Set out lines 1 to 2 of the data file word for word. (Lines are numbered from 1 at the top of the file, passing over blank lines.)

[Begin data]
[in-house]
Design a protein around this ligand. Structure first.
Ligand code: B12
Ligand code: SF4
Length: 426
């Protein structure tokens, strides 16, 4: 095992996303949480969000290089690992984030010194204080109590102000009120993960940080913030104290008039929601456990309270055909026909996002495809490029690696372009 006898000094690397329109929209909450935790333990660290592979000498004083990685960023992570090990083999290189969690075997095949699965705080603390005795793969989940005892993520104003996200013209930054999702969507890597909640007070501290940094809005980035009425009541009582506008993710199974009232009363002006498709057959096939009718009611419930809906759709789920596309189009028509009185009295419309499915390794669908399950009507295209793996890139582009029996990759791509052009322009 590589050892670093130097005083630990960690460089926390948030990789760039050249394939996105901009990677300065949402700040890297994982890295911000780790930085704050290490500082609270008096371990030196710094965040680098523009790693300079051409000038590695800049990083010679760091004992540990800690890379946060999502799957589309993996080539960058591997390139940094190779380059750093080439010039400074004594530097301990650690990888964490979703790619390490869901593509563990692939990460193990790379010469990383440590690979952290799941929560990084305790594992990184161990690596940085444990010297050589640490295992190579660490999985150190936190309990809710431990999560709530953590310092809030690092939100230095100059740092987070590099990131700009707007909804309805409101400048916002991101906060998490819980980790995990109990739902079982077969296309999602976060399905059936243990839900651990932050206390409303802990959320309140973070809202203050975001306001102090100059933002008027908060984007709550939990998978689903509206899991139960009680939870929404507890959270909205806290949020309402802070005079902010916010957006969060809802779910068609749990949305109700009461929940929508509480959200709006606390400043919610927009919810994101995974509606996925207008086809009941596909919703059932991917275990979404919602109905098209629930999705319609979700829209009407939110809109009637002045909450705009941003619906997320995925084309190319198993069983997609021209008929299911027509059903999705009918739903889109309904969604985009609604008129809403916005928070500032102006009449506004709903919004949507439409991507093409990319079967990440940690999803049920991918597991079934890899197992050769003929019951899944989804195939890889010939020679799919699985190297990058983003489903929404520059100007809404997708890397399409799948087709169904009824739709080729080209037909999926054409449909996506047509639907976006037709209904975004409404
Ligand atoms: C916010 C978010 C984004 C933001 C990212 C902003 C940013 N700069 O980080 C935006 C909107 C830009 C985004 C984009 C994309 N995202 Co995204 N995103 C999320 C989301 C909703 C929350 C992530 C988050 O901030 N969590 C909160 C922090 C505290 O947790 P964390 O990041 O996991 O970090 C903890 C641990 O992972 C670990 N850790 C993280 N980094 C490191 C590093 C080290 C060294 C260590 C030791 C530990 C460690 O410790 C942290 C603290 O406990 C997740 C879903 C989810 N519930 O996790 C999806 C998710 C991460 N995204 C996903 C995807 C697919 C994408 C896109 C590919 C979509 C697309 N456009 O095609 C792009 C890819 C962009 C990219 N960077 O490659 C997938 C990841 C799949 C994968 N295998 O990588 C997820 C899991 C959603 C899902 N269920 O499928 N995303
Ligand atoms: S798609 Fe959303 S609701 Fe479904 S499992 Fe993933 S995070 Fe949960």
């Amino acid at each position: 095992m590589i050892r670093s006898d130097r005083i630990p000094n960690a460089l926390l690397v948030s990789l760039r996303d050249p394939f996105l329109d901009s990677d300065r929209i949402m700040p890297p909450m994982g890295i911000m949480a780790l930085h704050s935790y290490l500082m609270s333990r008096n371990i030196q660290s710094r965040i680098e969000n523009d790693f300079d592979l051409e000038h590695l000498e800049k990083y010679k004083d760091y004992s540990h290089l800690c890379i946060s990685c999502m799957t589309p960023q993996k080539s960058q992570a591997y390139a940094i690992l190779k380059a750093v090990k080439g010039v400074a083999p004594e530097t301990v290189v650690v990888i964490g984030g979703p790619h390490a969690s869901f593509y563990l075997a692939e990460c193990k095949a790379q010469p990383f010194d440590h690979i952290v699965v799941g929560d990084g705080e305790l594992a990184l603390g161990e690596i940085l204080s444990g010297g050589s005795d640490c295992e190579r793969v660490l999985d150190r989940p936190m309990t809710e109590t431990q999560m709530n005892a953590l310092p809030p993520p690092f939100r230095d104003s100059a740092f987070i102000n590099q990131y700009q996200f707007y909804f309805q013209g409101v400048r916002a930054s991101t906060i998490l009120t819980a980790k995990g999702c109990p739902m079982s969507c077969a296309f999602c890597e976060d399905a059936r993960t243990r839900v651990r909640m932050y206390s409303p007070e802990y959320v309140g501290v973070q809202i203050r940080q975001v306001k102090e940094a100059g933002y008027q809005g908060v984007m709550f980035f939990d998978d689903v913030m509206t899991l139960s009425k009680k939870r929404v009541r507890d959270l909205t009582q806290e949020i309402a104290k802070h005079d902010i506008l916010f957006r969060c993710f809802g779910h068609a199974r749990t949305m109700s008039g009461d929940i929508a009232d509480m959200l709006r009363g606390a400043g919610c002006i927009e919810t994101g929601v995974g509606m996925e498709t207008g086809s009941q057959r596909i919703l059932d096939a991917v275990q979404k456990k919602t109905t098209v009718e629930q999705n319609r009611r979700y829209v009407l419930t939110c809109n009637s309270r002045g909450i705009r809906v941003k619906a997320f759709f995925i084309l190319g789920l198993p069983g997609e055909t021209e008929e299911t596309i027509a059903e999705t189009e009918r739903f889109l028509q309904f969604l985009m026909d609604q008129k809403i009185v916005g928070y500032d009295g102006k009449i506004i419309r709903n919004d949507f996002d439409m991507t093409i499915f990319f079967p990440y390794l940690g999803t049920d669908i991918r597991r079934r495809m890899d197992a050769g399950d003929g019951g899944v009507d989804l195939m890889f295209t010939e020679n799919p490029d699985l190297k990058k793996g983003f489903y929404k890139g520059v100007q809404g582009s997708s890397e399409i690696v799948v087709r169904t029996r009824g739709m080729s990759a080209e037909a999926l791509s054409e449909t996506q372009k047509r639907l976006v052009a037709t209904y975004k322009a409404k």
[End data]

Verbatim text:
[in-house]
Design a protein around this ligand. Structure first.